New government could bring solar revolution to India
- 20 March 2014
NEW DELHI: India’s aspiring prime minister Narendra Modi has shown a clear interest in growing the country’s solar markets, which could curb blackouts and kick-start the economy.
Modi, Chief Minister of Gujarat is currently leading India’s election polls according to CNN-IBN. Although he is yet to share specific details of his party’s policies, he has spoken publicly about his support for renewables, hinting at the possibility his party would grow the industry if he wins the election in May.
According to newswire Bloomberg, at a rally in February he said: “We have to focus on generating more power from our abundant renewable energy resources. The time has arrived for a saffron revolution, and the color of energy is saffron. God has showered our country with an abundance of renewable energy. [...] If these renewable resources were exploited properly, we wouldn’t have required mining coal or spending so much on importing crude and petroleum products.”
Modi has also been spotlighted as a solar advocate in national media since introducing the country’s first incentives for large-scale solar in the state of Gujarat in 2009.
A transformation of India's energy infrastructure to cleaner, more reliable sources is long overdue. With an aging infrastructure that struggles to keep up with its booming population, the country suffers from regular power blackouts.
In 2012 India experienced the world’s largest blackout, which affected 670 million people-–almost 10% of the world’s population--and crippled the economy. Many are now questioning how India will handle the skyrocketing energy demands that come with the 200 million people that are expected to enter its ‘middle class’ bracket by 2020.
Furthermore, over 400 million people in rural India also live without any electricity at all, because they are not yet connected to the grid.
Currently, around 60% of India’s electricity comes from coal, much of which is imported. But it is widely accepted that a greater emphasis on home-grown renewables could both increase access for poorer, off-grid communities and improve the reliability of the emerging economy’s energy supply.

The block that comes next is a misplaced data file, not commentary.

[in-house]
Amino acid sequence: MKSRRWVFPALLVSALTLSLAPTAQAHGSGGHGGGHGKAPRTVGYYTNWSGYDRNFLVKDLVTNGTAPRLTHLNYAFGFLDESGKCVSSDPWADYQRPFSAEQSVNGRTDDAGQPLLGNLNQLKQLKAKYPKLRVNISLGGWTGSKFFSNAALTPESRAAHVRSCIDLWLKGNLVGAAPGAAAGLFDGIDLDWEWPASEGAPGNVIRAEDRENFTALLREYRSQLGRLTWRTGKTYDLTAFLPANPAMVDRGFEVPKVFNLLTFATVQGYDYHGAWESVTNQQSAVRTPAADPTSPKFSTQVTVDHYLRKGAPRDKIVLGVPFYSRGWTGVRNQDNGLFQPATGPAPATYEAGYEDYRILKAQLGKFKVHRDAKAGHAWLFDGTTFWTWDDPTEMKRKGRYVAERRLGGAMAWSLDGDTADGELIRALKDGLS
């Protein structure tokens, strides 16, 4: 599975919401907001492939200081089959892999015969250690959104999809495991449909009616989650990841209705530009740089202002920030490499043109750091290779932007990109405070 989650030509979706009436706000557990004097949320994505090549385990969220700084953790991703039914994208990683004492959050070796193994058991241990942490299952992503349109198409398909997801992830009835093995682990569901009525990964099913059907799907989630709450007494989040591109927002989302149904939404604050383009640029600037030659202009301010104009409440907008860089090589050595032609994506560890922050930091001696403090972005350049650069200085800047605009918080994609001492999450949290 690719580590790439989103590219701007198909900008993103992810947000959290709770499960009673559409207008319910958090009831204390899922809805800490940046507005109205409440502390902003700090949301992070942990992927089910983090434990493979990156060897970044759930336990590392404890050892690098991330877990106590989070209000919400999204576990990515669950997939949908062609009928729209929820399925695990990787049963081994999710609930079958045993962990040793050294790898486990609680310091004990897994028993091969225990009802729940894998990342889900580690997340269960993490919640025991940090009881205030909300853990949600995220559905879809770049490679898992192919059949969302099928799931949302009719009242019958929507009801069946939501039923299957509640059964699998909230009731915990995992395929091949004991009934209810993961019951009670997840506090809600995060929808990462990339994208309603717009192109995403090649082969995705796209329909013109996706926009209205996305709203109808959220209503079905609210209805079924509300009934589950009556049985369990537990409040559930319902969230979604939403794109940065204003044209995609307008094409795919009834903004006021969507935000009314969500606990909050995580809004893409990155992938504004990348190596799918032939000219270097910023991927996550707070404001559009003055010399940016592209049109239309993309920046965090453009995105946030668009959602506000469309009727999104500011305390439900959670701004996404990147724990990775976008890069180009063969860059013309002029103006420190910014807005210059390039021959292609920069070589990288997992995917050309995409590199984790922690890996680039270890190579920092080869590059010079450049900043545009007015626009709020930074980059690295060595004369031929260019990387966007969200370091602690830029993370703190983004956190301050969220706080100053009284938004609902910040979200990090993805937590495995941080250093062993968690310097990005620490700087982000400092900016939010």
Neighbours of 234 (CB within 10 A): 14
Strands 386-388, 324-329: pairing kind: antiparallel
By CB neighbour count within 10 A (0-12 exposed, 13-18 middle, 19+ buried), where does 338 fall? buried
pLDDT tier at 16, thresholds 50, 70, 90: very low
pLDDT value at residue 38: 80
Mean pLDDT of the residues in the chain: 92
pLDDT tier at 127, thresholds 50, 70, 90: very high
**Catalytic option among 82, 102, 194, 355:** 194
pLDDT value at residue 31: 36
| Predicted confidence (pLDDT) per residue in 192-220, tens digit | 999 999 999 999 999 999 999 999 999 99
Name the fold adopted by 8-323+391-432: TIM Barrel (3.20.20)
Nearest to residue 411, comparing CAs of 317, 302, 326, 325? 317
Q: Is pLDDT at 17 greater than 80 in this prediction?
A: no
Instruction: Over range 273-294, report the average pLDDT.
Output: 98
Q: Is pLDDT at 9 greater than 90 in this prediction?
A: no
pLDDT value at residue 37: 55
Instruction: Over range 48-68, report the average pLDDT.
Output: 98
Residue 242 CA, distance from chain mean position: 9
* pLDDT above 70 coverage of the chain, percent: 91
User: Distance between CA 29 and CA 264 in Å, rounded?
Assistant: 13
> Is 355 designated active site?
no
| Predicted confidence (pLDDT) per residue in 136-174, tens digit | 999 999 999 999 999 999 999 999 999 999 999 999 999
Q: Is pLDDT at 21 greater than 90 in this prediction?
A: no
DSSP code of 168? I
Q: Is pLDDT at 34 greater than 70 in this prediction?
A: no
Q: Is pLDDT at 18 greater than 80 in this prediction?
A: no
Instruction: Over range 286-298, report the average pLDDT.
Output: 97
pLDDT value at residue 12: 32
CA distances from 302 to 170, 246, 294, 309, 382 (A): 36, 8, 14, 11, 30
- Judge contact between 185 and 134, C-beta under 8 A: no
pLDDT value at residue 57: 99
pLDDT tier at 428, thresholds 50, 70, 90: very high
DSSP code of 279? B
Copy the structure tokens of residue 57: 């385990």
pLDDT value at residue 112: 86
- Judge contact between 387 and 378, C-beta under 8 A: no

As India receives 300 days of sunshine each year, solar is an obvious solution. Last year, data from the Government revealed the country almost doubled its cumulative solar energy capacity, boosting progress towards its ambitious solar target of 20 gigawatts by 2022.
The country recently announced a revived US$7.9 billion investment in its electric grid to prepare for this soaring renewables influx, which should hopefully be in place in time for the construction of the world’s biggest solar plant, which has the potential to triple India's solar capacity again.
India's current Prime Minister Manmohan Singh also supports clean energy growth. Last year he announced goals to double renewable energy capacity by 2017 and establish clean energy subsidies, and in 2010 launched the National Solar Mission which aims to establish India as a global leader in solar.
Krishnan Pallassana, India Director, The Climate Group, explained the benefits of a new government improving access for solar growth: “Renewable energy is not just an option in India, it is a non-negotiable pre-requisite for the country to reach its growth and development goals. Renewable energy is the best bet towards ushering equitable opportunities to millions of rural people to come out of poverty.
“Our recent work in Gujarat, Maharashtra and West Bengal has demonstrated that clean and renewable energy is viable, equitable and accessible. We are hopeful that the new government in India will give special status to the renewable energy business by extending conducive policy framework and much needed finances.”
The Climate Group is currently implementing an access to rural energy project in India called Bijli – Clean Energy for All. Principally funded by the Dutch Postcode Lottery, the program aims to reduce greenhouse gas emissions and enhance the lives of off-grid inhabitants by deploying renewable energy technologies and improving infrastructure, over the course of two years.
The Government of Gujarat, of which Modi is Chief Minister, is a member of The Climate Group’s international States and Regions Alliance. The state has already demonstrated commitment to reducing its carbon emissions through energy reforms which reduced electricity transmission losses from 31% to 22% in four years.
By Clare Saxon